Server-side Solidity Compilation API

if you've compiled a Solidity contract, you know the easiest way to do it is with a JavaScript library like Ethers, Hardhat, Web3, etc.

but what if you need to compile a contract server-side, for later interactions client-side? we needed exactly this solution for Mint Site -- our free, no-code solution that creates + deploys a smart contract and generates an NFT minting page -- so we built it.

Mint Server

first, NFT creators simply click "Deploy to Heroku" from our GitHub repo:

after logging into their deployed instance they're able to configure their NFT project in seconds, setting the blockchain network (Polygon, Eth, Klaytn, etc) as well as the token pricing, project name, and so on.

once these settings are saved, their contract is ready to be compiled.

Contract Compilation

we initially intended to include the compilation feature on this free codebase, however 2 challenges immediately arose:

1. given our users are not technical and are deploying to a free Heroku server, it's non-trivial to include the buildpacks necessary to run system binaries that enable Solidity compilation

2. the other leg of our service, "verifying" the contract once it's deployed (for access via scanner web3 UIs) would require exposing sensitive API credentials on this open source repository

to mitigate these challenges we built a 2nd server with a couple endpoints -- compile and verify.

here's how it works.

Base URI


Body params

  purchase_price: 1000000000000000000, // amount in wei/gwei
  mint_qty_max: 10, // max # of assets that can be purchased in 1 transaction
  creator_wallet_address: 0x00000, // wallet address of the creator; 100% of funds are withdrawable here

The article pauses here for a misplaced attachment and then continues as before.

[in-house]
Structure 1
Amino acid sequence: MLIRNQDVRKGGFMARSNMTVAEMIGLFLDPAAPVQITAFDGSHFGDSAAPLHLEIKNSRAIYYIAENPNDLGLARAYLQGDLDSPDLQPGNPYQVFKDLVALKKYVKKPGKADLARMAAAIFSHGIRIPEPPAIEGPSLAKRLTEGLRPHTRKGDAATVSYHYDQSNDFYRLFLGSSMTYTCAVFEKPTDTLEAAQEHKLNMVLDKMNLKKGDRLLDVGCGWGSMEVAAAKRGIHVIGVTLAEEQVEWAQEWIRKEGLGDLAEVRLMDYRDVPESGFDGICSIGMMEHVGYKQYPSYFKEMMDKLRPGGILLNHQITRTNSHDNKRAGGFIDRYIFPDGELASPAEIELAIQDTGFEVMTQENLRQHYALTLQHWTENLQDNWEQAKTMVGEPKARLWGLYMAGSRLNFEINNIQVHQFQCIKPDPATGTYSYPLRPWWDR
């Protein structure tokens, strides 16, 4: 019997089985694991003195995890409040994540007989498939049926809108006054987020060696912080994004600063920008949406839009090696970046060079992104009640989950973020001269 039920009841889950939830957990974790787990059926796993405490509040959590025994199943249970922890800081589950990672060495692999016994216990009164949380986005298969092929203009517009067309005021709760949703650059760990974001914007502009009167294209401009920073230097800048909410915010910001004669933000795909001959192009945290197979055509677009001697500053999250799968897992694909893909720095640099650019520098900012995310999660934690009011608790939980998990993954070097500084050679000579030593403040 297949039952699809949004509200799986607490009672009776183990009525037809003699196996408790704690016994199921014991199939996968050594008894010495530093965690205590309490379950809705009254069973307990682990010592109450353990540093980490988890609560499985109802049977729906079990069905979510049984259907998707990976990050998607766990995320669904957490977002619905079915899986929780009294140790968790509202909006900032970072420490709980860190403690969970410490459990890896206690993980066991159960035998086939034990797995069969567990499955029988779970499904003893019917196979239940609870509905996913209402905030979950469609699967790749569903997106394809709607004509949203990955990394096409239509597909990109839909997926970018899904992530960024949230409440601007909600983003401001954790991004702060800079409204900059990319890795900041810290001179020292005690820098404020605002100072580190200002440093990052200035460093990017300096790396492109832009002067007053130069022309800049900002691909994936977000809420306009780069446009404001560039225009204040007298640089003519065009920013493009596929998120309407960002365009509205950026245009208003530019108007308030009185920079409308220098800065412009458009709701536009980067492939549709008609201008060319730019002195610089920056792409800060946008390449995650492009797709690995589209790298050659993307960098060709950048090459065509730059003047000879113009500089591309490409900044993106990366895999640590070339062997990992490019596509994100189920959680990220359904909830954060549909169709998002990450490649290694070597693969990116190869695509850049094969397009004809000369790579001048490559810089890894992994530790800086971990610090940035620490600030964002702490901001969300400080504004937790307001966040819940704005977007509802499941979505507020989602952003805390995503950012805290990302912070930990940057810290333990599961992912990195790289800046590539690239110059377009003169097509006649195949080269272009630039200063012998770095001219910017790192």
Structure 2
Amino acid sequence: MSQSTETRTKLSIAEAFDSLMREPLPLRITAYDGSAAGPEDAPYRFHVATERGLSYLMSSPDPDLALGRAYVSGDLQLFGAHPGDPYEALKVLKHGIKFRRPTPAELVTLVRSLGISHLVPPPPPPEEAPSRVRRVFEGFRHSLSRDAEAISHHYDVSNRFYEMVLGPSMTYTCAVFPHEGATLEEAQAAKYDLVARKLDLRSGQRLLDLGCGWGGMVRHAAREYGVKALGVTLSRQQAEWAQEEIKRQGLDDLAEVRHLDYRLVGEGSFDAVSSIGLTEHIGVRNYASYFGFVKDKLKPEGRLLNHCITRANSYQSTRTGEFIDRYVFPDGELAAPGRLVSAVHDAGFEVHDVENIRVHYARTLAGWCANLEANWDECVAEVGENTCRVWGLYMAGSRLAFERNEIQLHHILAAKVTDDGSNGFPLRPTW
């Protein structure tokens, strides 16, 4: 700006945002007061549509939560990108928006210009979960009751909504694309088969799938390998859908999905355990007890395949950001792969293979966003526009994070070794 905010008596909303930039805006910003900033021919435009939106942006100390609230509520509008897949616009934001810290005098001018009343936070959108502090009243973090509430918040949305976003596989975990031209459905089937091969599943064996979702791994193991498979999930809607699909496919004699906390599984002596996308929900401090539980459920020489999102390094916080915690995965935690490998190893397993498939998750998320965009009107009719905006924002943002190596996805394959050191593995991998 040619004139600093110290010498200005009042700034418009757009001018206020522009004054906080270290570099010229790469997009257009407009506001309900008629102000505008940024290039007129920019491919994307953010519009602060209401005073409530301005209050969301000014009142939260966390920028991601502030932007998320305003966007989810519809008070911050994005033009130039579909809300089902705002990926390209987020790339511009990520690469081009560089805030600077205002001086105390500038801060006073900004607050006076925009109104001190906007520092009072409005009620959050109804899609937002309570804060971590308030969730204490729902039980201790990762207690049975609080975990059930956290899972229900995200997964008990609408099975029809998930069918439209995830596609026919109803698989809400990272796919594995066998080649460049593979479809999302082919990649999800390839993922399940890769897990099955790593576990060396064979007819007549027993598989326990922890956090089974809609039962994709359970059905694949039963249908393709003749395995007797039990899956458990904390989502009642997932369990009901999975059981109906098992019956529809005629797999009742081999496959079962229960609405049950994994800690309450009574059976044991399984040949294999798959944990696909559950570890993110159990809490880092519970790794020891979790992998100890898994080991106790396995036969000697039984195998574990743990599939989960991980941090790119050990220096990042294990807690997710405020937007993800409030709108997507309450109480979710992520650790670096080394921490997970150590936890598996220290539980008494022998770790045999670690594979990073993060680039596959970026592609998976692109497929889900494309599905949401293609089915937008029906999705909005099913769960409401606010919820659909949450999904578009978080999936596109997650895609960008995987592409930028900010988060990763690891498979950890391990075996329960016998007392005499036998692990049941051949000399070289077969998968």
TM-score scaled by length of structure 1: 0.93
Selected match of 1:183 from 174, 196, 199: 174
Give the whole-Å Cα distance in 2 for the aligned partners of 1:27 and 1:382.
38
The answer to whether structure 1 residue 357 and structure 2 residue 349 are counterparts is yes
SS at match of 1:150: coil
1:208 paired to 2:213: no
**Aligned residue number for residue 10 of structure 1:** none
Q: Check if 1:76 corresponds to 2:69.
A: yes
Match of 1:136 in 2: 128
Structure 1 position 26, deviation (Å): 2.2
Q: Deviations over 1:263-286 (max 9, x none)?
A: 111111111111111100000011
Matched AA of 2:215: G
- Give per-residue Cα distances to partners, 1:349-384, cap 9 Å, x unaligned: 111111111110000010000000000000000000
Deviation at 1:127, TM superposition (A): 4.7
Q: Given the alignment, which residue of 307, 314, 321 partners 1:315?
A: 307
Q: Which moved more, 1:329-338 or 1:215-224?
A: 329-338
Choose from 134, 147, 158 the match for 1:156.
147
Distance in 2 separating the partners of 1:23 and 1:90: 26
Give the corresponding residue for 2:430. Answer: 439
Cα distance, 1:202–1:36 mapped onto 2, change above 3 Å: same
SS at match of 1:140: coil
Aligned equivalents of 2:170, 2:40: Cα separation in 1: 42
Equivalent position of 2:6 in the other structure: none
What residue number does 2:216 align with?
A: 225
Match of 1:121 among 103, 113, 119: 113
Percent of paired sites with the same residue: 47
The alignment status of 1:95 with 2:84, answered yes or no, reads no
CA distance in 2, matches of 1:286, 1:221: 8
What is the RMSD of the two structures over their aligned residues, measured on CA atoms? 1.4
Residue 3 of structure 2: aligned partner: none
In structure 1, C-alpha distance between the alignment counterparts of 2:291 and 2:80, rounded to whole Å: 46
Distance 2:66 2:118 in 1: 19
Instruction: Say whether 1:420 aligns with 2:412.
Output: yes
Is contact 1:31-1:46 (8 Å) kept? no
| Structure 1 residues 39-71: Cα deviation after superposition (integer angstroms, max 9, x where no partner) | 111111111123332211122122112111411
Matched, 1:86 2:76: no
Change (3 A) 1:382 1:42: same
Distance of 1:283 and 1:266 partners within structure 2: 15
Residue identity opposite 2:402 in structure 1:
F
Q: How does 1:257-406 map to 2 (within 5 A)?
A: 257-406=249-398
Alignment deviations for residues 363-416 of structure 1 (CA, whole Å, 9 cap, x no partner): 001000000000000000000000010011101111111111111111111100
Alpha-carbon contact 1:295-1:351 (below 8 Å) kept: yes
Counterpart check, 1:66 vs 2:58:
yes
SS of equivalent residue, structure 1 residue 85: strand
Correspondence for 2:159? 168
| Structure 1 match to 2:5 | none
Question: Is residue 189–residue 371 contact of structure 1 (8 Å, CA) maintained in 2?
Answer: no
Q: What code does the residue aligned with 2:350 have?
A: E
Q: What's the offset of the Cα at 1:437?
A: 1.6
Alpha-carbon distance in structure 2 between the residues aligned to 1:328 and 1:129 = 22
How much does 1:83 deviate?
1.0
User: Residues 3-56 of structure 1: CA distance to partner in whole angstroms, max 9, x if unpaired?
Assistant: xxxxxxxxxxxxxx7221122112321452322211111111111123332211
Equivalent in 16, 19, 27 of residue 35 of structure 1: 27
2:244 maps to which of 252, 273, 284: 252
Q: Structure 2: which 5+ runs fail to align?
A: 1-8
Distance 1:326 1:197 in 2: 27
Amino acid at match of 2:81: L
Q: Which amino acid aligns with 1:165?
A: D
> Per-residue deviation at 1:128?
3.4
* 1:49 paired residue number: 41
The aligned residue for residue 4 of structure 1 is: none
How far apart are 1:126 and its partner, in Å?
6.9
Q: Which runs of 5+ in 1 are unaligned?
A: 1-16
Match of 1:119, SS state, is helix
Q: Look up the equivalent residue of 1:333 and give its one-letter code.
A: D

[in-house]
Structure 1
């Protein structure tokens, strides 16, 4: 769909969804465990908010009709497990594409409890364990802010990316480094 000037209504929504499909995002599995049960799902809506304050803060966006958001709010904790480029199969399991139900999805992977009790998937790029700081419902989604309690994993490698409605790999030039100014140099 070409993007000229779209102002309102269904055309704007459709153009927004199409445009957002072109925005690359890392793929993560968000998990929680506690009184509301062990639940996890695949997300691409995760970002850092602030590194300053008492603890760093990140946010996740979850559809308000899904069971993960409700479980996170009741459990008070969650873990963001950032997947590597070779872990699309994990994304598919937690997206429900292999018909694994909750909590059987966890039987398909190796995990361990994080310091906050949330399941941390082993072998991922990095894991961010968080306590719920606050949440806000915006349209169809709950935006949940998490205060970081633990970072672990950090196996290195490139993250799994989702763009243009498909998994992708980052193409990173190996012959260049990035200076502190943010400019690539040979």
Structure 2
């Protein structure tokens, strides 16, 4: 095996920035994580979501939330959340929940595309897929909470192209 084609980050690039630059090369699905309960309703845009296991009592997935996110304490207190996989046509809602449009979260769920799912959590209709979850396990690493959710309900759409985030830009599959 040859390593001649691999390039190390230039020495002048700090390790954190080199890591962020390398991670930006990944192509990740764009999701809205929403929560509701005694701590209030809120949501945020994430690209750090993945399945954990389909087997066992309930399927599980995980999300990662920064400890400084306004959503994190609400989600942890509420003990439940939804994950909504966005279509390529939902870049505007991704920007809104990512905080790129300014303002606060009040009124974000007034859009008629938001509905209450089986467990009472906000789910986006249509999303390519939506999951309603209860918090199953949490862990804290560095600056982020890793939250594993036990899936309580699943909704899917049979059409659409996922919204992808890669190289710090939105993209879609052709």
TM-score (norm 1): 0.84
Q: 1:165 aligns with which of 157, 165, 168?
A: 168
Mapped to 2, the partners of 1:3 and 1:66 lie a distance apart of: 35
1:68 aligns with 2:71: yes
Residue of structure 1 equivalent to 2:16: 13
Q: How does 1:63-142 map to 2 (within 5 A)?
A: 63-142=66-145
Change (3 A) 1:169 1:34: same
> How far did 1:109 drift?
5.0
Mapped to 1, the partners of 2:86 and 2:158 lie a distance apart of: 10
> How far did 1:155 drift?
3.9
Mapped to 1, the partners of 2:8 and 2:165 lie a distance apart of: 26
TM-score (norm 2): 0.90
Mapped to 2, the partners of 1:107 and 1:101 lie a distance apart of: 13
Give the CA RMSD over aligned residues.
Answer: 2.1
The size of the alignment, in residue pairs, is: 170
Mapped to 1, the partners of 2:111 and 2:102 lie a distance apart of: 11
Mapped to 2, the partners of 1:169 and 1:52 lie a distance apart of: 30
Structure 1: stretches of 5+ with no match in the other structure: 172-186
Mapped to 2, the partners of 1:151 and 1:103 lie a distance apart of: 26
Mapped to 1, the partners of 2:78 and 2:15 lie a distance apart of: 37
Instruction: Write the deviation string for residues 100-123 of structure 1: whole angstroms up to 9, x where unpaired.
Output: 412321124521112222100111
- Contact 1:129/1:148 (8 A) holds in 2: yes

name: "MyProject", // becomes the smart contract name
  symbol: "MYPROJ" // project's token symbol

Response params

our compilation server has a flattened contract template with common features like mint(), giveaway(), startSale(), stopSale(), withdraw(), and so on, allowing creators the flexibility to manage their NFT over time.

when the payload described above hits this endpoint, our contract template essentially gets a "find and replace" treatment, swapping out necessary variables to customize it for the user.

  abi: [{"inputs":[],"stateMutability":"nonpayable","type":"constructor"}, ...], 
  bytes: "0x6080604052348015620000115....", 
  source: "// SPDX-License-Identifier: MIT \npragma solidity ^0.8.2; ..."

this response includes the compiled contract's ABI, bytecode, and source code.

the "ABI" and "bytes" params are used by our Mint Site's frontend, which prompts them via Metamask to deploy the contract and pay gas fees. the "source" param is useful for contract verification via the Polygonscan API, in the case that a user deploys their contract to Polygon.

Example Compilation

if you're familiar with cURL, paste the following request into your terminal to see how it works:

curl -XPOST '' \
-d 'purchase_price=1000000000000000000&mint_qty_max=10&creator_wallet_address=0x9880828B2188907Ea2448F5d20f9B28066076474&name=OojuMintContract&symbol=OOJU'

in return you'll receive the 3 parameters described above.

Verifying Contracts

once a contract is deployed to Polygon, Ethereum, or one of their testnets, it needs to be verified for the scanners' web3 interfaces to be usable. since this step of the contract deployment is gas-free, we simply built another endpoint.


the body of this request requires the previously deployed smart contract's address, source code, name, and network.

  address: "0x....", // contract address
  source_code: "// SPDX-License-Identifier: MIT\n pragma solidity ^0.8.2;",
  name: "OojuMint",
  network: "matic" // matic = Polygon, maticmum = Mumbai, etc (using official Ethers js labels)

given the 30-60 second wait time for a contract to be verified, the scanners (, provide a GUID, which we then return to our Mint Site server.

{ status: "ok", result: "guid-goes-here" }

lastly, our Mint Site server begins polling our 3rd and final endpoint:


this is the same endpoint as the verification itself, but with a "check" parameter that tells our server to look for a "guid" parameter in the body params.

  guid: "verified-contract-guid-here"

the compile server responds with a simple true/false.

{ verified: true }

Next Steps

we'd love to extend the "compile" endpoint to consume contract source code (vs relying on our template), as well as expanding the "verify" endpoint to support a user's own scanner API key.

other ideas include new parameters for setting the Solidity compiler version (currently hardcoded to 0.8.3), optimization runs, as well as constructor arguments.

if you'd like to use or hack on this API in your own projects, reach out to us at [email protected].